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February 23, 2007


Wayne Bond

O.K. but! You don't have a usable product and the plants to produce a usable product will take more land. Bio fuels have a growing market and will continue to have a growing market. The economics are not mentioned. Pilot plant biodiesel is being produced for about $80 a barrel; close to being a cost effective product.


This is a new version of existing technology. The problem of removing carbon dioxide from calcium carbonate remains. Calcining (cooking the gas from) lime is very energy intensive. Certain amines are already better. Novel ionic solvents and carbon dioxide selective membranes may offer the only acceptably energy efficient solutions. The chief obstacle to cyrogenic separation from air is the dilution of carbon dioxide in air. In flue gas this problem is lessened but not eliminated.


The problem with this is that to turn one atom of carbon into calcium carbonate, it takes one calcium atom and 3 oxygen atoms. So sequestering 1 ton or coal requites 3.3 tons of calcium and creates 8.3 tons of calcium carbonate.

I think the US uses over 1 billion tons of coal per year. That requires 3.3 billion tons of calcium and creates 8.3 billion tons of calium arbonate, more than an order of magnatude more than the world consumption of calcium carbonate.

Also only large scale way to produce calcium (actually lime) creates more co2 than than the calcium is going to sequester.

Casey C

Doesn't it take energy to convert CO2 to bicarbonate? Where is the energy coming from? And how much energy is that? Is the bicarbonate going to be a solid? How long can you store bicarb outside before it goes back to CO2? Thank you.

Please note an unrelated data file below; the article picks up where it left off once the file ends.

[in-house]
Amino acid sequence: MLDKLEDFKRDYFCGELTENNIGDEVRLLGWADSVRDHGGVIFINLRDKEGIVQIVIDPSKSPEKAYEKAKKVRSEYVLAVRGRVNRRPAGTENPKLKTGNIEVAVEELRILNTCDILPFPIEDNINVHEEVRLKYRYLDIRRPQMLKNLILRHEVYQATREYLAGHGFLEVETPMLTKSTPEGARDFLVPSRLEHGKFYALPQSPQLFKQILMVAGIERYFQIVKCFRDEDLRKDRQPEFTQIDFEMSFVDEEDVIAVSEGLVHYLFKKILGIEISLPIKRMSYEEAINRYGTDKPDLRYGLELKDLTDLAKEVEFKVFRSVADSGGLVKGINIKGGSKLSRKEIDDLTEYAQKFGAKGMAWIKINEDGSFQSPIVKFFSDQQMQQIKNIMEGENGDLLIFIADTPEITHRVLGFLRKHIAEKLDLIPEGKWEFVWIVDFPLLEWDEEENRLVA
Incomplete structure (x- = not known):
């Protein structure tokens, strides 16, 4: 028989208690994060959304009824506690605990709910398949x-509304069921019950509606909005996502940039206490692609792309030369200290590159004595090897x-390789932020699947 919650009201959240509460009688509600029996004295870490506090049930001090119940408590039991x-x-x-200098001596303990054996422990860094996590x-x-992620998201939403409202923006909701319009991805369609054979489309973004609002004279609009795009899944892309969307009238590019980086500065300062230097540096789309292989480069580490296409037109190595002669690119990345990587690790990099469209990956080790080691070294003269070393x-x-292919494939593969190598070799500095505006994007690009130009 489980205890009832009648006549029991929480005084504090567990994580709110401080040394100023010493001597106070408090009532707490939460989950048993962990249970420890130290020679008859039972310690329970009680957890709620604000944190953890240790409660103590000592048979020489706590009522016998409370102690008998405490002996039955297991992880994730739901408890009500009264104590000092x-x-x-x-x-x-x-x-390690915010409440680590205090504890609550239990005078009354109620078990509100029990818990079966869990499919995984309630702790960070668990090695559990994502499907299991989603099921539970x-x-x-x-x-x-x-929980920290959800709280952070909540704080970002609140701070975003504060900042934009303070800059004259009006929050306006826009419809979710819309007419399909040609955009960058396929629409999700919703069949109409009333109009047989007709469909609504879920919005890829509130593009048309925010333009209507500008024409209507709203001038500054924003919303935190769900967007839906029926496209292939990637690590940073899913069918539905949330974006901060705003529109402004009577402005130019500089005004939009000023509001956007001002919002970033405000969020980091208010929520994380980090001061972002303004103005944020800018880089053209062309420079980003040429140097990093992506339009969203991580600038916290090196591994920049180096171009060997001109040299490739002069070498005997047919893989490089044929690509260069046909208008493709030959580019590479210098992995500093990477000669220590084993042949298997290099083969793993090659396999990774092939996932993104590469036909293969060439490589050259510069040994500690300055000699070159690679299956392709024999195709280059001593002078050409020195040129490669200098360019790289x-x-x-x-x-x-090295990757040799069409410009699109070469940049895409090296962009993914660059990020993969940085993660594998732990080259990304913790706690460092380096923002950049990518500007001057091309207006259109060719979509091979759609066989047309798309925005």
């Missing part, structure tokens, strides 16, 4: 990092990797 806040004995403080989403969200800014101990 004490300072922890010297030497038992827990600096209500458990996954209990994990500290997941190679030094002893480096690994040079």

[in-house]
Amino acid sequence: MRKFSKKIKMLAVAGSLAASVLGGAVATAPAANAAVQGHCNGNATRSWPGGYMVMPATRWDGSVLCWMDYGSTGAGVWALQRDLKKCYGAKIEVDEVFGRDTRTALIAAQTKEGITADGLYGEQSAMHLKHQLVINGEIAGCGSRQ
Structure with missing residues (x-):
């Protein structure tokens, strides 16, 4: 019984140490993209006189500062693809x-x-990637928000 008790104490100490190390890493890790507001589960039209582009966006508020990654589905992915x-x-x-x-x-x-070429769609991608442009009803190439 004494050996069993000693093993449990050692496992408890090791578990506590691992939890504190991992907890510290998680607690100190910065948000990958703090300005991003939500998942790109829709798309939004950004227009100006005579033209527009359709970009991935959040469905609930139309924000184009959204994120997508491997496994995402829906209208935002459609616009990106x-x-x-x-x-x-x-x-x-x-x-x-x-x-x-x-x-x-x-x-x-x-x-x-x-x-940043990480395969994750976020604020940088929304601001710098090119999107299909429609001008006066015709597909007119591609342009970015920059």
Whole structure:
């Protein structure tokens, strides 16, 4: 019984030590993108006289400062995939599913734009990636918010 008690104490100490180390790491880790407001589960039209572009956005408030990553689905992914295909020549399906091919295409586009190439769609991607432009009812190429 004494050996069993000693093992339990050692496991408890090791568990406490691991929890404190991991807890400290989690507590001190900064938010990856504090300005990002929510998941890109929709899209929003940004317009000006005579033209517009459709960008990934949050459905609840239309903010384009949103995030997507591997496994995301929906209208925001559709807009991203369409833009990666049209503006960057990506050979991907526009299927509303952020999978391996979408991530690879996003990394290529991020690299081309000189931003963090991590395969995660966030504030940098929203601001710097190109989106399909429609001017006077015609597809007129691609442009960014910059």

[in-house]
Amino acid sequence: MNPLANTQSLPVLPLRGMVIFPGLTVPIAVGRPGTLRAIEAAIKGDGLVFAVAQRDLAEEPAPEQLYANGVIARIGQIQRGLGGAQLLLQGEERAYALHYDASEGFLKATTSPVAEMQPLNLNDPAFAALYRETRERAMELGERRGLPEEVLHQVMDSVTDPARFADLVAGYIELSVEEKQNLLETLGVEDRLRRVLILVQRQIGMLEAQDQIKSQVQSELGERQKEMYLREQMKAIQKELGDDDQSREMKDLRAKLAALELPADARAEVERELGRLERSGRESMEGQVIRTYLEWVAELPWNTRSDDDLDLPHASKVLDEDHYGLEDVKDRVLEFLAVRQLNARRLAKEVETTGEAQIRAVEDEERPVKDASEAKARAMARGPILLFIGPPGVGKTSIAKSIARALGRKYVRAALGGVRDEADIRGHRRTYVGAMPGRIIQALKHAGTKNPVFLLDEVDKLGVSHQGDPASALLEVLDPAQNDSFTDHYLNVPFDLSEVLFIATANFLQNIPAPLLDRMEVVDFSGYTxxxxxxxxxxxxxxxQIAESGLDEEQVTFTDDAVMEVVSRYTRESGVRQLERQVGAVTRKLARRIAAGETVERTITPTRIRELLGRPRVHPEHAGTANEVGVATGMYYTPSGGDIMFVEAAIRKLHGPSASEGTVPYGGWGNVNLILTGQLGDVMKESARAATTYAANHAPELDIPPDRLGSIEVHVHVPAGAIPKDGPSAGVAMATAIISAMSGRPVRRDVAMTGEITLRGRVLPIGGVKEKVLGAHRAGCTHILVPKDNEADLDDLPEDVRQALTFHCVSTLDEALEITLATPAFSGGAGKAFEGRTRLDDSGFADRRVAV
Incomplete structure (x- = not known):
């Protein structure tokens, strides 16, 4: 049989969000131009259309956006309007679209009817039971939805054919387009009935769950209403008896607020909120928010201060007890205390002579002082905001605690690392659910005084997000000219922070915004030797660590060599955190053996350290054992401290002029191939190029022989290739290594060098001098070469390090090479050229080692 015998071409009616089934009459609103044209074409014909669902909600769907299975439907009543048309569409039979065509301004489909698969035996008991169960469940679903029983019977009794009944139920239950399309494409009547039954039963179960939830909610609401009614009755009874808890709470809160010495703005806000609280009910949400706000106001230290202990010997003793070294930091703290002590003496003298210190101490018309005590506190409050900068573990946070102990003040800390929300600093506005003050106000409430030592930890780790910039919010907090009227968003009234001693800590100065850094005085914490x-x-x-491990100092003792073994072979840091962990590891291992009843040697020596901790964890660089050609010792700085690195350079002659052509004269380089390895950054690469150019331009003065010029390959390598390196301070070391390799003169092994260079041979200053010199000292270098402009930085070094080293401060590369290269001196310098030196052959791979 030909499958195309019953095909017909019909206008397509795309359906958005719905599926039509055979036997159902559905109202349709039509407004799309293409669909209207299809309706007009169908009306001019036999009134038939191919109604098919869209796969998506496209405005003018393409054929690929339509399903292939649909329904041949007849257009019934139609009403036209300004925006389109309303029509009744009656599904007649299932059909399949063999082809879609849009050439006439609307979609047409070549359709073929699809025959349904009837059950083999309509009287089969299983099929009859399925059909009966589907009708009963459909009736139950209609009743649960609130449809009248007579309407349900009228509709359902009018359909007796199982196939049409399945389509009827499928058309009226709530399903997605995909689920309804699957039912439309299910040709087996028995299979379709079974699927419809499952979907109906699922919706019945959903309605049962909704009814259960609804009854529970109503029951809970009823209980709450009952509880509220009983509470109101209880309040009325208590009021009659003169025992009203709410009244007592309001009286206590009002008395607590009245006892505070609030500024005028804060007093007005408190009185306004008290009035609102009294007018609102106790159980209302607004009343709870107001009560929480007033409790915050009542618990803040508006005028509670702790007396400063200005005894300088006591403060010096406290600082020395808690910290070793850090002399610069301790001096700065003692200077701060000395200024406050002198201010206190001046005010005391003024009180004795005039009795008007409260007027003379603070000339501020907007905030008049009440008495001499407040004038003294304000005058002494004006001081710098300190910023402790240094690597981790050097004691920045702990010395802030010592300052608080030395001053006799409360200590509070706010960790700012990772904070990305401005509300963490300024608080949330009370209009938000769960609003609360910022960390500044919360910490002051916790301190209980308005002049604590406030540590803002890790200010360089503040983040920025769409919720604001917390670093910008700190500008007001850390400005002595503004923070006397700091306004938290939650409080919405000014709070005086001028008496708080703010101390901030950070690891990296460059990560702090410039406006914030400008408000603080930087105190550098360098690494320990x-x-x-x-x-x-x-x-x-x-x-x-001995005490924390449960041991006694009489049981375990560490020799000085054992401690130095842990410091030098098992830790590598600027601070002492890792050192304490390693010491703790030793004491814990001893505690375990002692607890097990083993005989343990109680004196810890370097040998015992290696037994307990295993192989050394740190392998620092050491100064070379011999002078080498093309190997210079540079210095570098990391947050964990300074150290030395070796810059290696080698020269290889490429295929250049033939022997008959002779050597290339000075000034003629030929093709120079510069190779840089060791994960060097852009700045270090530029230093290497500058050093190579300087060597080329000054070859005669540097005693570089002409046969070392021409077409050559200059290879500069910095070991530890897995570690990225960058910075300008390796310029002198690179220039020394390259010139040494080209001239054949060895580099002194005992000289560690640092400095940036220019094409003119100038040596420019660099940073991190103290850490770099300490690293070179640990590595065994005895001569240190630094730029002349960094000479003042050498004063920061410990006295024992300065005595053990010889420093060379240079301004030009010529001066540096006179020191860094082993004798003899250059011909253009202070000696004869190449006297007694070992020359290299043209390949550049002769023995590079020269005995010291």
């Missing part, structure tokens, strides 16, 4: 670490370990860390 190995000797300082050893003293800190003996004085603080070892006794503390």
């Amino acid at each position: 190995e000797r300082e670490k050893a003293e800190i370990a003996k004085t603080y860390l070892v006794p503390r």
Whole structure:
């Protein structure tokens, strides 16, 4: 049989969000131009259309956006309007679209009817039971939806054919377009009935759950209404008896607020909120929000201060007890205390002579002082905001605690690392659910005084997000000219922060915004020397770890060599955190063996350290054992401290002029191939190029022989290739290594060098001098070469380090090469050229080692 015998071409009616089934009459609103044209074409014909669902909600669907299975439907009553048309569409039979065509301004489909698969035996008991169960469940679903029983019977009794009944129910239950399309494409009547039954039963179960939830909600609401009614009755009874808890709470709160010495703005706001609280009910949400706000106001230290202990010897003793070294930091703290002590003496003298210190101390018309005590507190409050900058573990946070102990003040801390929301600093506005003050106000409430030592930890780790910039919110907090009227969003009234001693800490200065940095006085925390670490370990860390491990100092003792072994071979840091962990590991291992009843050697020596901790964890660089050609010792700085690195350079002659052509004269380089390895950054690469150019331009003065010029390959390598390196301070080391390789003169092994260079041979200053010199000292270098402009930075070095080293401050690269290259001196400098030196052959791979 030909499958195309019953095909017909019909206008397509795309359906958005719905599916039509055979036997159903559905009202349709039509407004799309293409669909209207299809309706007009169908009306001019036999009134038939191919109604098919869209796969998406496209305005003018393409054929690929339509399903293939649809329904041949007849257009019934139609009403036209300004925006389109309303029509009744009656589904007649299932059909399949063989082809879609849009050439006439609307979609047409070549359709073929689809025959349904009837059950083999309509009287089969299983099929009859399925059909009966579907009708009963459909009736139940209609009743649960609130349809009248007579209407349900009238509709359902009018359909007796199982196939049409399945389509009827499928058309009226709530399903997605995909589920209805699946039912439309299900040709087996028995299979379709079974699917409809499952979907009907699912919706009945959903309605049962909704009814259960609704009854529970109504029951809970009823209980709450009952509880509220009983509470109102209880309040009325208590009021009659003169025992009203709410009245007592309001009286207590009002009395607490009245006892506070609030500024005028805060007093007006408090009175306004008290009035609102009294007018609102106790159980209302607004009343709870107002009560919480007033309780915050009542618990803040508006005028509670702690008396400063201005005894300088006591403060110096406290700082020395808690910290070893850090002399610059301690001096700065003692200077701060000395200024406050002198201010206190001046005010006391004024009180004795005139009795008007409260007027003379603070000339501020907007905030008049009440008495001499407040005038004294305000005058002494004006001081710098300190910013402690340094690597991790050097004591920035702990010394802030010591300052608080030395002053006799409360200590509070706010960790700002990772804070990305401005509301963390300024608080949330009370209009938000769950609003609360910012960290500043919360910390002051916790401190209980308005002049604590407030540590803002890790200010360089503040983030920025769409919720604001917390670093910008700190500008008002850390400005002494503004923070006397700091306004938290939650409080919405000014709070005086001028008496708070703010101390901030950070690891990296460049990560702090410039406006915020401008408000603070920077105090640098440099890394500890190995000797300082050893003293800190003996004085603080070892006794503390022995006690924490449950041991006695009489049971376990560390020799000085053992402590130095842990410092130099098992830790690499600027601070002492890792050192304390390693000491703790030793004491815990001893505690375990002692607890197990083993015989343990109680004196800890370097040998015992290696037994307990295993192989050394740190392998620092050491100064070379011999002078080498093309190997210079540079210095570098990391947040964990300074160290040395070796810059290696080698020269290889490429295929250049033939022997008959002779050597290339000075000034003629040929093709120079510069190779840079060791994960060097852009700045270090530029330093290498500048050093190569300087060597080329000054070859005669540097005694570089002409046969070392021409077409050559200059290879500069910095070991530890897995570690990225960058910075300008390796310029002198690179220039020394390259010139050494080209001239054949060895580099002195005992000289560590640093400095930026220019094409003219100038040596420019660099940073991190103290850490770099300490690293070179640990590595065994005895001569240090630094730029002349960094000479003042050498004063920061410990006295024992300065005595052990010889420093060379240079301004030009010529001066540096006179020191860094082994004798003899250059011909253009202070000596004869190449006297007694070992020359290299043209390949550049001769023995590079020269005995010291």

To everyone discussing CaCO3 - this articles does *not* say that this process is making CaCO3. It only mentions that that could be the subsequent step. The technology only absorbs CO2 into aqueous phase (likely just uses a method of enhancing the equilibrium of that happening since it is a carbonate-deficient solution when it has been flowed out - I would be interested to know how they do this) and the enzyme converts it to an aqueous solution of bicarbonate (HCO3-) ions for use in subsequent processes such as reacting with Ca or Na or possibly other more useful things.

Paul Dietz

The technology only absorbs CO2 into aqueous phase (likely just uses a method of enhancing the equilibrium[...]

There are two issues here. The first is the equilibrium concentration of carbon in the solution. The enzyme can't change this (but it can be tailored by controlling the pH of the solution). The second is the rate at which CO2 is absorbed into or released from the solution when it isn't in equilibrium. The enzyme speeds this up dramatically.

Carbonic anhydrases drastically accelerate the reaction H2O + CO2 <--> H2CO3 <--> H+ + HCO3-, increasing the reaction rate up to six orders of magnitude. As I understand it, to get this reaction to go quickly without the enzyme requires a high pH (so the CO2 reacts with OH- ions).

Dentist Los Angeles

I have always though of E-coli negatively... guess this is one way to turn around it's reputation.

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